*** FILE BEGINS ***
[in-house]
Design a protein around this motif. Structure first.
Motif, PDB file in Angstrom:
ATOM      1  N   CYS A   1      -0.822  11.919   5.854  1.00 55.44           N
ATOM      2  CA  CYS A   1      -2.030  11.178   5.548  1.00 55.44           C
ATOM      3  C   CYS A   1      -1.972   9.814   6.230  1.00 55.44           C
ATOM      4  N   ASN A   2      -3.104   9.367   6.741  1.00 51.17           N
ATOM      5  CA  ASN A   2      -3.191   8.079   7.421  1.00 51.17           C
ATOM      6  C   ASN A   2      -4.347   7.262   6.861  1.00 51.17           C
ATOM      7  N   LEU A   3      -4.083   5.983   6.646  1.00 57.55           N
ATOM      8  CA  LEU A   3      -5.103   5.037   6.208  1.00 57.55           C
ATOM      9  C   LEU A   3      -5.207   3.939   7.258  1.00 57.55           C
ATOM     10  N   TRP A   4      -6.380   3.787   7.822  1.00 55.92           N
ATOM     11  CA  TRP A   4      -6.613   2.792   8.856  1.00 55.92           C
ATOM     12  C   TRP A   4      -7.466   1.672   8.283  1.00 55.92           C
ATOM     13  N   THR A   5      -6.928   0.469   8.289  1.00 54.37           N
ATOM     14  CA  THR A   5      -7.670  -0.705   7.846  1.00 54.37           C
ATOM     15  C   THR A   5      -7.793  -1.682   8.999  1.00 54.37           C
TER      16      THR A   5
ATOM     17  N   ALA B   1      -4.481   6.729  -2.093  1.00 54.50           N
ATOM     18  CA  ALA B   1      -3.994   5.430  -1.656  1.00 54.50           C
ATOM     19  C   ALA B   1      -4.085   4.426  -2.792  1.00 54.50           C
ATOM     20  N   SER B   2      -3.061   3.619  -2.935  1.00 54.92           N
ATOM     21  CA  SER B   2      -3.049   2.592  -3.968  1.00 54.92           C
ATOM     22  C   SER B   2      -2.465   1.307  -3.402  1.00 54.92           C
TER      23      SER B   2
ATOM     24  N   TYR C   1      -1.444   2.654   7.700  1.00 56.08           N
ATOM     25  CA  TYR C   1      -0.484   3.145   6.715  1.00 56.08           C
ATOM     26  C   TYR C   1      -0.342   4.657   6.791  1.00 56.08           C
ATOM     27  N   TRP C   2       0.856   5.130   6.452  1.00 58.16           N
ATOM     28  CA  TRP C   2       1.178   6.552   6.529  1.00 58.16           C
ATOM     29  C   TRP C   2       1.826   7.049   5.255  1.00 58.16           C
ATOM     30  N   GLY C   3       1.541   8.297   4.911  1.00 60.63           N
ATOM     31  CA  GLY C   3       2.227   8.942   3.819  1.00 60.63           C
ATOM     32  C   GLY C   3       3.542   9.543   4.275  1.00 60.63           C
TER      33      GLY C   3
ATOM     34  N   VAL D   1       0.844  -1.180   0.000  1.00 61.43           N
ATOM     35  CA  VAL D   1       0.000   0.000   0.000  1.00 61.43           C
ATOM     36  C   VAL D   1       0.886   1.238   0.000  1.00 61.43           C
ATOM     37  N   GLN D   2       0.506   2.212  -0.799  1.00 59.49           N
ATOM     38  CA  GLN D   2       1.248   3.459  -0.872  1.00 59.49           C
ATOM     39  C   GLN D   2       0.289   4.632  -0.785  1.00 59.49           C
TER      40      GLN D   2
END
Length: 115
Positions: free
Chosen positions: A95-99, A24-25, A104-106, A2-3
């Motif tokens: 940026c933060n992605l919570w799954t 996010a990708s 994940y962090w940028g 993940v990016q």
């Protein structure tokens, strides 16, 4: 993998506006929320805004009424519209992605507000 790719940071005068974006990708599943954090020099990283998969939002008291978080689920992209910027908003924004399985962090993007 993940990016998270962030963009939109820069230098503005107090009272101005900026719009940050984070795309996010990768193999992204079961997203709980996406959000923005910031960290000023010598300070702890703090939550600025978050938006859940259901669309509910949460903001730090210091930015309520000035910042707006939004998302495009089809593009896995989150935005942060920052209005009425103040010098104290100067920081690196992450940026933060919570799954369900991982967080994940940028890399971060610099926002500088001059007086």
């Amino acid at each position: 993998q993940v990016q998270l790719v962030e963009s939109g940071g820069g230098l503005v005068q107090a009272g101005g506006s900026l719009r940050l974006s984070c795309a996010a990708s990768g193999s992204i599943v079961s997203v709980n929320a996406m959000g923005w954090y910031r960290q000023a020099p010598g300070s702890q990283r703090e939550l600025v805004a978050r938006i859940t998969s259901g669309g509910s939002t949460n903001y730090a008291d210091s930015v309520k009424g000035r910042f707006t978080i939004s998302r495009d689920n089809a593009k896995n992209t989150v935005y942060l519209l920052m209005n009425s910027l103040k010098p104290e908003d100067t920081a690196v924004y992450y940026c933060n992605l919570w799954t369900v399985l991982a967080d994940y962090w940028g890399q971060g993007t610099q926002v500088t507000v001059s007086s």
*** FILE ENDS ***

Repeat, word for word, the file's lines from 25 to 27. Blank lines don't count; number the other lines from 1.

ATOM     22  C   SER B   2      -2.465   1.307  -3.402  1.00 54.92           C
TER      23      SER B   2
ATOM     24  N   TYR C   1      -1.444   2.654   7.700  1.00 56.08           N